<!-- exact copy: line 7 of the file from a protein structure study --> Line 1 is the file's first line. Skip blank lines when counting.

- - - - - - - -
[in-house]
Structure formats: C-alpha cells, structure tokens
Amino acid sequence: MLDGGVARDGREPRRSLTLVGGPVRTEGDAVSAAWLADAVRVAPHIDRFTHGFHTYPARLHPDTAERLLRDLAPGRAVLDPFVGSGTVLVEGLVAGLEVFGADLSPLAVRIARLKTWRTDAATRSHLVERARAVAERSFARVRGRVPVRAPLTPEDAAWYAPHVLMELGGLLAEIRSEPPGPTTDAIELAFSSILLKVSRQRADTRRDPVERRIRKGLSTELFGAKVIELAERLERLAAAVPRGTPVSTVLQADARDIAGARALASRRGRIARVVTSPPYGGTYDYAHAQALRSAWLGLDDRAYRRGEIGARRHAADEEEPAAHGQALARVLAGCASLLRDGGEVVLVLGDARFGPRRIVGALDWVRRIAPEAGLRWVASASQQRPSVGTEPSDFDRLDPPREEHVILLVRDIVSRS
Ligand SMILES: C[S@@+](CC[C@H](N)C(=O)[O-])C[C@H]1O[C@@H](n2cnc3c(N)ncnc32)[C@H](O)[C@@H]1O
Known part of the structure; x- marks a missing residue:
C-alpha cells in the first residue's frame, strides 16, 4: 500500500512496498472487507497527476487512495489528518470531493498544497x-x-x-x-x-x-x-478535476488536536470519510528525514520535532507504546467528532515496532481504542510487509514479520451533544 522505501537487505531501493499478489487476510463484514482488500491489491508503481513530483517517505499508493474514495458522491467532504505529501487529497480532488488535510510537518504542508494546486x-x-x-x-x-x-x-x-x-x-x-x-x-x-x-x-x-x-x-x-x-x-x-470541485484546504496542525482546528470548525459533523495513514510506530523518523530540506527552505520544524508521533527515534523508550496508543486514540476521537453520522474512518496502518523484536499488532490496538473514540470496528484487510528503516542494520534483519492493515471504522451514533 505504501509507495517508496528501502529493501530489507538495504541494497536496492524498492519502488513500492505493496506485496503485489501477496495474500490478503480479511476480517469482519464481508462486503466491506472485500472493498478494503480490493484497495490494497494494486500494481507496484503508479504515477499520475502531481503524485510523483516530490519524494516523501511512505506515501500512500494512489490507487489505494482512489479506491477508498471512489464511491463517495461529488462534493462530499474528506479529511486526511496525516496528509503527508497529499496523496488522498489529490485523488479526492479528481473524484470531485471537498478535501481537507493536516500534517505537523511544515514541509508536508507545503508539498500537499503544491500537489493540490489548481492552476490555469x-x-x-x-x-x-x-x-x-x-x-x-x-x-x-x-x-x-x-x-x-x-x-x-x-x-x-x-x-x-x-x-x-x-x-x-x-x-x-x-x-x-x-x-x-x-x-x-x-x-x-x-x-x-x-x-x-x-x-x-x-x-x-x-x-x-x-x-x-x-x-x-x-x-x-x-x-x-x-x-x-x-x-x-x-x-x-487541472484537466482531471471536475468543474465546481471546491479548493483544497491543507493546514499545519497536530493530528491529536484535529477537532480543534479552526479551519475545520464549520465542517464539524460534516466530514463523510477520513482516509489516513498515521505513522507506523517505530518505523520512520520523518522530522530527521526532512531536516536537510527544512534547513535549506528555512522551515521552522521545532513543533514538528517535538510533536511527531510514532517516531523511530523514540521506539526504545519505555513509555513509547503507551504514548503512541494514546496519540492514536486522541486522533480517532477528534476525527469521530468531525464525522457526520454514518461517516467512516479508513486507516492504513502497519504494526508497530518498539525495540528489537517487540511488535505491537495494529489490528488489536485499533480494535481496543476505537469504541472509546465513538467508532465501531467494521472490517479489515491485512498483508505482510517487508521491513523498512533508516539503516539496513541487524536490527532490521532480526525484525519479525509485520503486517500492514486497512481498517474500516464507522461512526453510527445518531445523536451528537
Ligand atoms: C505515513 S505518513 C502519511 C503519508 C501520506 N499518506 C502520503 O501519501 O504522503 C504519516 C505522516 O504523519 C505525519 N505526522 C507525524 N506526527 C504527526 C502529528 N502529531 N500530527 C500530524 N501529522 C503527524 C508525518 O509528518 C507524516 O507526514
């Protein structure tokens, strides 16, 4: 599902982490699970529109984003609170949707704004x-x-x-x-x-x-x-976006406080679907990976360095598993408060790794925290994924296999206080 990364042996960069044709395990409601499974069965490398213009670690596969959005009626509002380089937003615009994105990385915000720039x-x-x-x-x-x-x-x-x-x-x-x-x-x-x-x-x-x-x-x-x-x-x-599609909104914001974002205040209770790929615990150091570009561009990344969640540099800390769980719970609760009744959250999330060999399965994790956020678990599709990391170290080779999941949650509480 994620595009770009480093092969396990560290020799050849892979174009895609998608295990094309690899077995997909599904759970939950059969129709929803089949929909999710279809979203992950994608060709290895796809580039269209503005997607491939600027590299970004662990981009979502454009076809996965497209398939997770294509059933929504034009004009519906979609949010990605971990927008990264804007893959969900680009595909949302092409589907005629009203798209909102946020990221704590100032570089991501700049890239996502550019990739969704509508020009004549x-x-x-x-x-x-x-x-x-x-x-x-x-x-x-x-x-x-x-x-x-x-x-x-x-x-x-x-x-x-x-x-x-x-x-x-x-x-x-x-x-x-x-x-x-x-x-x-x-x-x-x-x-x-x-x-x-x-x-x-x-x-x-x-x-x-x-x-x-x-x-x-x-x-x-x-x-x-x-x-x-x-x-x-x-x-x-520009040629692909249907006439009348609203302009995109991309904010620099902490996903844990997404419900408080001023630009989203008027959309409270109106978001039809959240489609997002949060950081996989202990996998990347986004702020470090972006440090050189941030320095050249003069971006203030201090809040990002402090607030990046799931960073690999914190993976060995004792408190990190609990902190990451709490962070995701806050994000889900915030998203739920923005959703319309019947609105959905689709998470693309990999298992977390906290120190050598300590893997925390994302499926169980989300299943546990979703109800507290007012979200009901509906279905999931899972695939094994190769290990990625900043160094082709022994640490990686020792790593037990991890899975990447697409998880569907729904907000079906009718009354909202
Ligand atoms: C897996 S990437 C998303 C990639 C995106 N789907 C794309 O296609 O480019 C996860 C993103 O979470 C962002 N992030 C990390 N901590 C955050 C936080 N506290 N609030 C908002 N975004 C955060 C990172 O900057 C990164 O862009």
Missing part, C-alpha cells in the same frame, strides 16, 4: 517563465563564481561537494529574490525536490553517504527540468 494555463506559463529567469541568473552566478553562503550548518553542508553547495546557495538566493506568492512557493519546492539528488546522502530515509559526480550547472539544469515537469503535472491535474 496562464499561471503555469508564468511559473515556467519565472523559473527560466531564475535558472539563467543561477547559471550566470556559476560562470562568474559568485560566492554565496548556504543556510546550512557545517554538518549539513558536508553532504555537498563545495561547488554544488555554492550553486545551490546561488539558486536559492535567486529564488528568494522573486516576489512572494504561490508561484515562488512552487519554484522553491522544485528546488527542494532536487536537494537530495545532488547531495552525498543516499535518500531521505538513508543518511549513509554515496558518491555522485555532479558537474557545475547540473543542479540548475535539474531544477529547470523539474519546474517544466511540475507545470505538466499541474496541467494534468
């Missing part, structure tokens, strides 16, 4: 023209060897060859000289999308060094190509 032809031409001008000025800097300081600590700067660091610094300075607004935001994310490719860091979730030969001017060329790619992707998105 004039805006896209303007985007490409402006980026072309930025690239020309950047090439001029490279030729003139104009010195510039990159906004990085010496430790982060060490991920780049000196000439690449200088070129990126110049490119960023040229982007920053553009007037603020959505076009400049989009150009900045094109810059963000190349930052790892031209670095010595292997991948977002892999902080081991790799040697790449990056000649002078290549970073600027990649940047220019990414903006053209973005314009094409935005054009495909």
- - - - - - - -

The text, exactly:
Ligand atoms: C505515513 S505518513 C502519511 C503519508 C501520506 N499518506 C502520503 O501519501 O504522503 C504519516 C505522516 O504523519 C505525519 N505526522 C507525524 N506526527 C504527526 C502529528 N502529531 N500530527 C500530524 N501529522 C503527524 C508525518 O509528518 C507524516 O507526514